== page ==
Ann Keen: Dental fluorosis is a cosmetic effect with no implications for systemic (general) health. It may nevertheless, in a small minority of cases, give people concerns about the appearance of their teeth. A research project reported in the British Dental Journal (volume 189 No 4 August 26 2000) on the prevalence of fluorosis of children who had been continuous residents in fluoridated Newcastle or non-fluoridated Northumberland found that 54 per cent. of children in water fluoridated areas had fluorosis and 23 per cent. in the fluoride deficient areas. In response to the advice from the American Dental Association, we are to investigate the aesthetic impact of fluorosis. We are funding a research project involving the use of intra-oral cameras and automated software to obtain consistent readings in surveys of levels of dental fluorosis. If, as we expect, the project is successful, the researchers will use the photographs to obtain the views of a representative sample of people on the appearance of teeth with fluorosis at different levels of severity.
Stephen Hesford: To ask the Secretary of State for Health what the incidence of macular degeneration in Wirral West constituency has been in the last five years; and what plans he has to screen those over 60 for the disease.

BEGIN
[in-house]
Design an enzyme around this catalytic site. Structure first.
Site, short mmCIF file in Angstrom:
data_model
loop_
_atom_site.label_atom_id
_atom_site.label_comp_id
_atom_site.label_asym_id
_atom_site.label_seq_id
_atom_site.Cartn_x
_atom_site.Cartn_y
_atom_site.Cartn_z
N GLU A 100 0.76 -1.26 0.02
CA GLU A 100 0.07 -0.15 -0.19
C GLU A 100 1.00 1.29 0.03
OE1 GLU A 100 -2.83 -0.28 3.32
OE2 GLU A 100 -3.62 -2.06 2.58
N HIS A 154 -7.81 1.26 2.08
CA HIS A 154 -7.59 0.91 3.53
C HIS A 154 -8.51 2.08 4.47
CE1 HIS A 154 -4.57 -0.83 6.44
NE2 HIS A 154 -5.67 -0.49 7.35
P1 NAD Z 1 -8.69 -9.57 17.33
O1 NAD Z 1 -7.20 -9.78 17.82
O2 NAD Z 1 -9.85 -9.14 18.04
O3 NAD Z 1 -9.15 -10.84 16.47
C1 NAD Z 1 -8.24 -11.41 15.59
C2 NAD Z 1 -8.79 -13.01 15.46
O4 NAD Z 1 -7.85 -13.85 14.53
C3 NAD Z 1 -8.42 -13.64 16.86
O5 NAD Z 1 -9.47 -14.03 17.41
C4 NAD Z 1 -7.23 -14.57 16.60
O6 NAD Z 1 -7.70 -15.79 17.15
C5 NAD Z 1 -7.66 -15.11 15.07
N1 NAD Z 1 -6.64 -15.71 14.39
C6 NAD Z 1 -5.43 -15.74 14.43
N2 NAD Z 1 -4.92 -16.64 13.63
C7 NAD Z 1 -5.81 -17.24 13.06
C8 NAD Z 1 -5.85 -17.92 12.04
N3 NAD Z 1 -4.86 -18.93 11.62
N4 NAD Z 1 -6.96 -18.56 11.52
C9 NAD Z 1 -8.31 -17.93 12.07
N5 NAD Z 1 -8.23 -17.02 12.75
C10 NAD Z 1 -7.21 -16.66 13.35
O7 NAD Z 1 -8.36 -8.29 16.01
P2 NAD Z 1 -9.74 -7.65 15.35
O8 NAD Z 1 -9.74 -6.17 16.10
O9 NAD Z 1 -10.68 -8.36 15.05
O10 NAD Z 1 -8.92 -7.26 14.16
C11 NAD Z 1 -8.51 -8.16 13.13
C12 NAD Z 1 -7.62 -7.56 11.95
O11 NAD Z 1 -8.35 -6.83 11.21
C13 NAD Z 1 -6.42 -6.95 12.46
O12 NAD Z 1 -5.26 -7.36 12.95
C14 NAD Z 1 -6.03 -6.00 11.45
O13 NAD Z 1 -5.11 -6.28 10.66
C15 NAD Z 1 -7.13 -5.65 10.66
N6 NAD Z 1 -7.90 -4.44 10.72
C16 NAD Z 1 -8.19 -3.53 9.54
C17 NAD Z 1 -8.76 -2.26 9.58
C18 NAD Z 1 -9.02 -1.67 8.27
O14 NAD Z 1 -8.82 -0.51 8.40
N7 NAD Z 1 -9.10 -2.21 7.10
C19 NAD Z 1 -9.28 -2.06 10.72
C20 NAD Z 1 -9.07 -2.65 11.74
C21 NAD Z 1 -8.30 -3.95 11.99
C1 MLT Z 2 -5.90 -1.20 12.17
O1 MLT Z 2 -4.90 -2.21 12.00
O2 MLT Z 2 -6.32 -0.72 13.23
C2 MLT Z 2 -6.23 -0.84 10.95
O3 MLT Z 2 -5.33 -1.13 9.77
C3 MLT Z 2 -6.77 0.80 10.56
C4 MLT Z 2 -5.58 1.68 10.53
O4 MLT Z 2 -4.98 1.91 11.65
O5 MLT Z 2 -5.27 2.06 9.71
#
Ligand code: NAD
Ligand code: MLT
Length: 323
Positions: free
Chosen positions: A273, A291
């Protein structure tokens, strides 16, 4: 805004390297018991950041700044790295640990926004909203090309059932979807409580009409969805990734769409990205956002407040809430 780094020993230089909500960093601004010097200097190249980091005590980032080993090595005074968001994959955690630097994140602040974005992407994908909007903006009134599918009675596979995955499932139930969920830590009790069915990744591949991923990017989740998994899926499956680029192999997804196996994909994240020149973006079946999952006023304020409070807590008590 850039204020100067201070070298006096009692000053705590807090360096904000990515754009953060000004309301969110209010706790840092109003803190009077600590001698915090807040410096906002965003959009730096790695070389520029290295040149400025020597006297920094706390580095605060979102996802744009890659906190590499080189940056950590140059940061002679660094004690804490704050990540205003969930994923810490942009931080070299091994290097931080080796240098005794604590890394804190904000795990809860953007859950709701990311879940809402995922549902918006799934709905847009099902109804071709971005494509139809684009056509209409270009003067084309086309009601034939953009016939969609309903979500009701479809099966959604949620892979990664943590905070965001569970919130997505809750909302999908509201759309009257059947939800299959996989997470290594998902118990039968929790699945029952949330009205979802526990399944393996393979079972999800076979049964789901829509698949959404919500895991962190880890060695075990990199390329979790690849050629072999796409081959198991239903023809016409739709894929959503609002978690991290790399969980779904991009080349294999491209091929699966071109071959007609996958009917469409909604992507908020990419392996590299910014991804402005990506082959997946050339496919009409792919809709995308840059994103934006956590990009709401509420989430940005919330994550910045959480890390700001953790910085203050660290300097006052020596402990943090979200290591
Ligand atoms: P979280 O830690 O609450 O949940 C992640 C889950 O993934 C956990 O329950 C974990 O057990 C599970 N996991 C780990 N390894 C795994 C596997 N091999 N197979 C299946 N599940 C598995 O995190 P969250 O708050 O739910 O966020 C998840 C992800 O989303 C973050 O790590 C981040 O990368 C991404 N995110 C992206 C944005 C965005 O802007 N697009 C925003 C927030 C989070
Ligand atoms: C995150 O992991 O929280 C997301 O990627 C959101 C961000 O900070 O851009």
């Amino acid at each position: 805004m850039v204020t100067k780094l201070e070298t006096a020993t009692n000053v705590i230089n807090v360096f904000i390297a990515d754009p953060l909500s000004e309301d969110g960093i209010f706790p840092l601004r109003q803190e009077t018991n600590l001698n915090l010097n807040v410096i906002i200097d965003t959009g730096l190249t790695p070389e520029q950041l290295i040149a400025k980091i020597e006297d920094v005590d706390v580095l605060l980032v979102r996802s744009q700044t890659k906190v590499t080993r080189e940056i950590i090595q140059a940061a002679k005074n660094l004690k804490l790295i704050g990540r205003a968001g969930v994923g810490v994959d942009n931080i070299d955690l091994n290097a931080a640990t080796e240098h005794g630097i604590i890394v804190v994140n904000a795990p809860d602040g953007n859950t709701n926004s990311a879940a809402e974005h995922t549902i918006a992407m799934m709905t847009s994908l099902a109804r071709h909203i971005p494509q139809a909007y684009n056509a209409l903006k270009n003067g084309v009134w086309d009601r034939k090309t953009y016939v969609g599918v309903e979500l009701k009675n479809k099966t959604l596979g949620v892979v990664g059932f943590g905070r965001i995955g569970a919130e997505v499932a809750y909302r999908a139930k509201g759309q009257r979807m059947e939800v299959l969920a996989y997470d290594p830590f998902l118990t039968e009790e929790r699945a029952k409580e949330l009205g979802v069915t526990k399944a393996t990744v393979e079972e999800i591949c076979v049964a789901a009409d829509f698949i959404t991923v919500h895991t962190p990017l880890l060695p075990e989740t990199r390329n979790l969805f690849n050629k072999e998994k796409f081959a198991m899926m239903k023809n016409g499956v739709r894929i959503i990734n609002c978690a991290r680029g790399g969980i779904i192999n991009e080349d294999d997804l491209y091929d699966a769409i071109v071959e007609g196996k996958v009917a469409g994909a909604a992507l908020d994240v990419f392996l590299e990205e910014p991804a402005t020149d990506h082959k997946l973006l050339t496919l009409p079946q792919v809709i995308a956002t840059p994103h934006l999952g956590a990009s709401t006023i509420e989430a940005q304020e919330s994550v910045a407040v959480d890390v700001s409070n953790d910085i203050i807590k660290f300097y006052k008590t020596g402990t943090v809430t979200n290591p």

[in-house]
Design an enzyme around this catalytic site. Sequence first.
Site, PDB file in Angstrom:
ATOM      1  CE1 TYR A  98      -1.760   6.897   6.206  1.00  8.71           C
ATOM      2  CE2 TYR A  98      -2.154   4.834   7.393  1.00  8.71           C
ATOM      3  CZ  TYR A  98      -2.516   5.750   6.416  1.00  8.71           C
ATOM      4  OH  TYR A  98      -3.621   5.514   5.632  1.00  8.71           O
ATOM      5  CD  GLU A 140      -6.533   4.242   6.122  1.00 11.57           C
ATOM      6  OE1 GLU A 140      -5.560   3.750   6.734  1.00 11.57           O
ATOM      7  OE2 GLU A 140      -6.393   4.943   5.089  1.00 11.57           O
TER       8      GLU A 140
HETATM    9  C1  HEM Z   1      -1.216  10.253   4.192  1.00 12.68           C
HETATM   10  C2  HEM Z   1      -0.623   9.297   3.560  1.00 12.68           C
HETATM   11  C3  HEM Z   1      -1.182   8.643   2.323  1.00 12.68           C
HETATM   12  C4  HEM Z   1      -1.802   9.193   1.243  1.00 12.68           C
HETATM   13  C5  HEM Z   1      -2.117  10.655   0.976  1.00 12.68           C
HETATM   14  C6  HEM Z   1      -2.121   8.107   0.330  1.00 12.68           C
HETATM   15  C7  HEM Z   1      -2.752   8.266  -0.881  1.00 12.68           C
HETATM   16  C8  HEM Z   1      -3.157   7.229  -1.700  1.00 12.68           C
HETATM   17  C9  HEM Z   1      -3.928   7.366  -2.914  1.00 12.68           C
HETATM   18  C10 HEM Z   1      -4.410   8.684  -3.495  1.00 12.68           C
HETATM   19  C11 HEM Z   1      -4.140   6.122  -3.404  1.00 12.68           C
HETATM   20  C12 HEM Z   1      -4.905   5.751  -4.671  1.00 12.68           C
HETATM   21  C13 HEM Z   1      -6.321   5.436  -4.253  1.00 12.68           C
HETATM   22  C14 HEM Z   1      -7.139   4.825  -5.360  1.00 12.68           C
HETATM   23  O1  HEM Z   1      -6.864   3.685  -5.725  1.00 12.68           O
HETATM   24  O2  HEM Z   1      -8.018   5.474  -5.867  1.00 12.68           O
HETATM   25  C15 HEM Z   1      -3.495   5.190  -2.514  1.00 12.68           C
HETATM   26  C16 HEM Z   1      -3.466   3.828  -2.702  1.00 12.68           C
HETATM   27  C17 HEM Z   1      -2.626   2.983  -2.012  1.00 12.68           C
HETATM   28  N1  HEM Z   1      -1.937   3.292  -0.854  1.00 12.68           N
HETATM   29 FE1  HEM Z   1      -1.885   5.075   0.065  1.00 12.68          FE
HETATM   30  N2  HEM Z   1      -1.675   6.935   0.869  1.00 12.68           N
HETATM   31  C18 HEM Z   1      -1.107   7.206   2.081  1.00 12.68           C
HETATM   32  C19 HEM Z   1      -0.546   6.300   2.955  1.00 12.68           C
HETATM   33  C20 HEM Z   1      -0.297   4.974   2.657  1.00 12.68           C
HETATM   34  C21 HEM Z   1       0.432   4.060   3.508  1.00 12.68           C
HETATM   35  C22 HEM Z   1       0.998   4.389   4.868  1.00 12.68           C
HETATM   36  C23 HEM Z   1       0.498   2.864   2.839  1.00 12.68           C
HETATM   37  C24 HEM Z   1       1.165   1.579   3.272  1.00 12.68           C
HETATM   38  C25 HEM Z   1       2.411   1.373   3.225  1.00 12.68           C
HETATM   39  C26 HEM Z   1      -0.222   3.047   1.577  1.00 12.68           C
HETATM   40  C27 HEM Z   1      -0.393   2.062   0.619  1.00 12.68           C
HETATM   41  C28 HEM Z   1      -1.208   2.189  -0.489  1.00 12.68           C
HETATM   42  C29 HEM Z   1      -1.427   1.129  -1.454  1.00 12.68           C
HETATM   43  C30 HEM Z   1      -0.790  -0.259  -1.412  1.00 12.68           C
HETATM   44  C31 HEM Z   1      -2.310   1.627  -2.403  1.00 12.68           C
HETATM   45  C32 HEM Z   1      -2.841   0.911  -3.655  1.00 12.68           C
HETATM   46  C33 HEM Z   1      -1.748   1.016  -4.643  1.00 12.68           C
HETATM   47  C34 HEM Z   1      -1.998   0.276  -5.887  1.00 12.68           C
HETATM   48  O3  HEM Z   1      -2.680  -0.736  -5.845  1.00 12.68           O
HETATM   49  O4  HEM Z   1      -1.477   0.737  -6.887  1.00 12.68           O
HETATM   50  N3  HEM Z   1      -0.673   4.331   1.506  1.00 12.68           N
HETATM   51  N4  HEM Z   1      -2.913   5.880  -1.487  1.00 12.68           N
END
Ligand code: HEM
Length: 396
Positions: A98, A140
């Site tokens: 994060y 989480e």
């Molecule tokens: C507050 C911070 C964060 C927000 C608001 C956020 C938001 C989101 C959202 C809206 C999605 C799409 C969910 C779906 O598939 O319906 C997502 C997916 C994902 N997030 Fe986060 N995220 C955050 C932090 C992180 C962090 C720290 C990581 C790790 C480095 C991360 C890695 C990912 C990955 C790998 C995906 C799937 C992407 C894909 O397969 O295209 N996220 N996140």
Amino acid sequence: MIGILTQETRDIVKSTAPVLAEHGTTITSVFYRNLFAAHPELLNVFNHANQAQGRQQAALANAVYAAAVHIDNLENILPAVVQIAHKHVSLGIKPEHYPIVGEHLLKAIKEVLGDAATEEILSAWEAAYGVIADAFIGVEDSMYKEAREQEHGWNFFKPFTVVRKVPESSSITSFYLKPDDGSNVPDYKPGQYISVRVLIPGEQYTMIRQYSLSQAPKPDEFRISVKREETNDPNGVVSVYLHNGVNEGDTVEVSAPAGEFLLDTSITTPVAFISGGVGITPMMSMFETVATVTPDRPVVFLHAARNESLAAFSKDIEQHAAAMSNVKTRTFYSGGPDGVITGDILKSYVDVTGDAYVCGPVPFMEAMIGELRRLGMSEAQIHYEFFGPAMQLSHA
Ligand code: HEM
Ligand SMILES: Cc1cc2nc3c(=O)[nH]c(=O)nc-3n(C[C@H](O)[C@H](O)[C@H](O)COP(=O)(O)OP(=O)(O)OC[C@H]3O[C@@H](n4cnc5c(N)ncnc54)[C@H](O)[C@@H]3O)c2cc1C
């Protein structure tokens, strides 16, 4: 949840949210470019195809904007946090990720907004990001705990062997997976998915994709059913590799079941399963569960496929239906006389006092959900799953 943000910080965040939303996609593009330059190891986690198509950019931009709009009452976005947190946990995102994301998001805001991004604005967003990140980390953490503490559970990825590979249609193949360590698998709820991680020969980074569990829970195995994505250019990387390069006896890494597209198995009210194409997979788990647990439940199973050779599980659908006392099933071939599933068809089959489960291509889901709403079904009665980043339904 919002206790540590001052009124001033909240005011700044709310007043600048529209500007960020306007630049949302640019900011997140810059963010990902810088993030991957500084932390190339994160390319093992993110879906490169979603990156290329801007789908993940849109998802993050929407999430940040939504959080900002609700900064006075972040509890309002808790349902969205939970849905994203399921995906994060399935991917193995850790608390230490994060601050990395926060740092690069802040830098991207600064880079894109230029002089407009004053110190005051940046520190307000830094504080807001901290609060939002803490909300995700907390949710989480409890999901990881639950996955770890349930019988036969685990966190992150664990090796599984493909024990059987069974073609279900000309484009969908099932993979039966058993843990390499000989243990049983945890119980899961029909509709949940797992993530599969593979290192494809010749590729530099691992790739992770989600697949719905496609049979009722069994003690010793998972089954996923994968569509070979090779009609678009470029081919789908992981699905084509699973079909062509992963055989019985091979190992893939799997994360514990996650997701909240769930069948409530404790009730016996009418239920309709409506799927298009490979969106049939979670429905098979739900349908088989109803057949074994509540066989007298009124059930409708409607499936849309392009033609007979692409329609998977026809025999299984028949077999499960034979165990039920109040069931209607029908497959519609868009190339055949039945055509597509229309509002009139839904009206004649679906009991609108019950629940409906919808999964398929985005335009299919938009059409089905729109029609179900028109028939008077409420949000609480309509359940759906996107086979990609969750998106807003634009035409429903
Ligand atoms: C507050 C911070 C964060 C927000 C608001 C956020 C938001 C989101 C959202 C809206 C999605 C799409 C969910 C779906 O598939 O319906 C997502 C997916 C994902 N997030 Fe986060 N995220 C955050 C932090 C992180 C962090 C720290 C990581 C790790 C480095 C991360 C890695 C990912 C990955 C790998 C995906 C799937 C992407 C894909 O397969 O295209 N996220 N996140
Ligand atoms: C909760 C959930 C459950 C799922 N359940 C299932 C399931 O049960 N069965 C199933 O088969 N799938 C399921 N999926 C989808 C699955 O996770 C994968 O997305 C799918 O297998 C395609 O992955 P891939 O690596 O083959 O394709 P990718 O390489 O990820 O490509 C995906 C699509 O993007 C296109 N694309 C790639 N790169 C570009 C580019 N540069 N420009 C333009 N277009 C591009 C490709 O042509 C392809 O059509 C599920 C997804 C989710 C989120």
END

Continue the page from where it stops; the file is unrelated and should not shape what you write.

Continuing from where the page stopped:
Mr. Stephen O'Brien: To ask the Secretary of State for Health (1) what powers he has to (a) prevent and (b) limit the payment of severance pay to the former Chief Executive of the Maidstone and Tunbridge Wells Trust; and whether his Department has prevented or limited the severance payment to the former Chief Executive of the Maidstone and Tunbridge Wells Trust; 
Ann Keen: The employment of staff, clinicians and managers within the national health service is a matter for local NHS boards. Secretaries of State have power to give directions to NHS trusts about their exercise of any functions, which may include the making of payments to staff. This power could still be relevant to any matters outstanding regarding severance payments.
In the case of Maidstone and Tunbridge Wells we asked the NHS trust to withhold any severance payment to the former chief executive prior to considering legal advice on the matter. We understand that the trust has since taken legal advice on this matter, and following that advice, has issued a statement that the former chief executive will be paid her legal entitlement of six months salary.
Ann Keen [holding answer 19 February 2008]: I refer my hon. Friend to the reply given to him on 18 December 2007, Official Report, column 1390W. Also on 25 January 2008, we announced extra funding for maternity services for each of the next three years, totalling £330 million. This will ensure that mothers will get the best possible care and will be guaranteed a full range of choices. Trusts will have access to this additional money from April.